The Big Bang

Incidentally, a write-up in The New York Times, back in 2002, about Poe's prophetic genius:

THINK TANK; What Did Poe Know About Cosmology? Nothing. But He Was Right.
by Emily Eakin
The New York Times
November 02, 2002 


 From: Rickard Parker <[log in to unmask]>
To: [log in to unmask] 
Sent: Wednesday, July 11, 2012 5:39 PM
Subject: Re: TS Eliot: "Light / Light"
Peter Montgomery wrote:
> After forty-odd years of teaching, I find myself tending
> to agree with Eliot. Still, I can't help wondering what
> his response to the deduction of the big bang would have been.

Well, Eliot had 30+ years in which to comment. And, to make things more
interesting, a Catholic priest seems to be involved. :

Georges Henri Joseph Édouard Lemaître (17 July 1894 – 20 June 1966) was a
Belgian priest, astronomer and professor of physics at the Catholic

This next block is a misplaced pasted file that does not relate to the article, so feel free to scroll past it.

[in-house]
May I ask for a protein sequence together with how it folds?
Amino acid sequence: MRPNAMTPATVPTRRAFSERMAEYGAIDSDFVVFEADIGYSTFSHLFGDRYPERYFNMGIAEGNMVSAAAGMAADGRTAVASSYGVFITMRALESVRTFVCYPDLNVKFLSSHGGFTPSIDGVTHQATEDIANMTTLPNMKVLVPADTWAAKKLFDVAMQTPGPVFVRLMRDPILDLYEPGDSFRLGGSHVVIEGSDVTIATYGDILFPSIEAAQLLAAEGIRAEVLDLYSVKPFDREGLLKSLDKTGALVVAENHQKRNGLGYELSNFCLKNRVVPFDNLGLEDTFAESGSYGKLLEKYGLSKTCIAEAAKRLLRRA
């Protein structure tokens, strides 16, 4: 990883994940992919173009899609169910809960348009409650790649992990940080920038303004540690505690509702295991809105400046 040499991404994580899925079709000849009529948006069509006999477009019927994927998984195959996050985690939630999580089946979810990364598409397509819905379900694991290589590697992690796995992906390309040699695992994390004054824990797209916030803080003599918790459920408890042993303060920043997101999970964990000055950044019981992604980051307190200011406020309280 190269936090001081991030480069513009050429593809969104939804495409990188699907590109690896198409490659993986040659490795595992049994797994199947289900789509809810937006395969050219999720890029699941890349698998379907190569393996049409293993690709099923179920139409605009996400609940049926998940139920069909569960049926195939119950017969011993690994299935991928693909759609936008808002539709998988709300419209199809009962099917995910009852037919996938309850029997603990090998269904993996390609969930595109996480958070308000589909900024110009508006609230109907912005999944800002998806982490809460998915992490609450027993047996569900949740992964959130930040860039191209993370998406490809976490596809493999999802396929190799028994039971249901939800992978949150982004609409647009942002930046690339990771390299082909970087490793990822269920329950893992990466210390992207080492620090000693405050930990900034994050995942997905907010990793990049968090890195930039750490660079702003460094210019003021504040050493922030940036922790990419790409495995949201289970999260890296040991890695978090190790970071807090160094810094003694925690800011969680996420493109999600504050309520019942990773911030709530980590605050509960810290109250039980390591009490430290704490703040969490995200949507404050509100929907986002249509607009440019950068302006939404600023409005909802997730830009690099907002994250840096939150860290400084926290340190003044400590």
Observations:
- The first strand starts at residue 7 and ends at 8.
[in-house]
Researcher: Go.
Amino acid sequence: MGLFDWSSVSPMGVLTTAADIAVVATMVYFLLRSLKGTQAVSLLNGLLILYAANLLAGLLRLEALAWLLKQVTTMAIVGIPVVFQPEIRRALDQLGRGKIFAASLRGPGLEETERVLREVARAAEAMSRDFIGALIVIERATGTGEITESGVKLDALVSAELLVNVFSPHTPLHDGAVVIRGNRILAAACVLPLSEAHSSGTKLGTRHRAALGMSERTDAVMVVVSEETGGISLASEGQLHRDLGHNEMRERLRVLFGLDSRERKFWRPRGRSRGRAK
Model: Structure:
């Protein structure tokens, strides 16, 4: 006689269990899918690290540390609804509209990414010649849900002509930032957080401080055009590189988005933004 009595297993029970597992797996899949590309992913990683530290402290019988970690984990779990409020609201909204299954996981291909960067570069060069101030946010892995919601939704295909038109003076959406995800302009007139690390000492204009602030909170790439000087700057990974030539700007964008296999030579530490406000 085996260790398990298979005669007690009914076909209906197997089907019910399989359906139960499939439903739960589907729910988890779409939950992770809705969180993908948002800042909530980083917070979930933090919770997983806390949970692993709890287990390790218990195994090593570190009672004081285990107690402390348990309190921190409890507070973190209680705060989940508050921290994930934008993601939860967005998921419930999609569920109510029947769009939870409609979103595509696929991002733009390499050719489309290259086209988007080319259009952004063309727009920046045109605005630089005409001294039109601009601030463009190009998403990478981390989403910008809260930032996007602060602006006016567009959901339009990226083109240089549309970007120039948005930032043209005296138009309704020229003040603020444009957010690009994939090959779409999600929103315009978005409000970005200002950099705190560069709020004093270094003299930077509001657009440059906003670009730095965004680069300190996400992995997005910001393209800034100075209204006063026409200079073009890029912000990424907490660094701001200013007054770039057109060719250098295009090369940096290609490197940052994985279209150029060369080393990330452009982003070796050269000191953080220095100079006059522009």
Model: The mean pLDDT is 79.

University of Louvain. He was the first person to propose the theory of the
expansion of the Universe, widely misattributed to Edwin Hubble[1][2]. He
was also the first to derive what is now known as the Hubble's law and made
the first estimation of what is now called the Hubble constant which he
published in 1927, two years before Hubble's article.[3][4][5][6] Lemaître
also proposed what became known as the Big Bang theory of the origin of the
Universe, which he called his 'hypothesis of the primeval atom'.[7][8] As he
was a secular priest, he was called Abbé, then, after being made a canon,
Monseigneur. :

In 1927, the Belgian Catholic priest Georges Lemaître proposed an expanding
model for the universe to explain the observed red shifts of spiral nebulae,
and forecast the Hubble law. He based his theory on the work of Einstein and
De Sitter, and independently derived Friedmann's equations for an expanding
universe. ...
In 1931, Lemaître proposed in his "hypothèse de l'atome primitif"
(hypothesis of the primeval atom) that the universe began with the
"explosion" of the "primeval atom" — what was later called the Big Bang.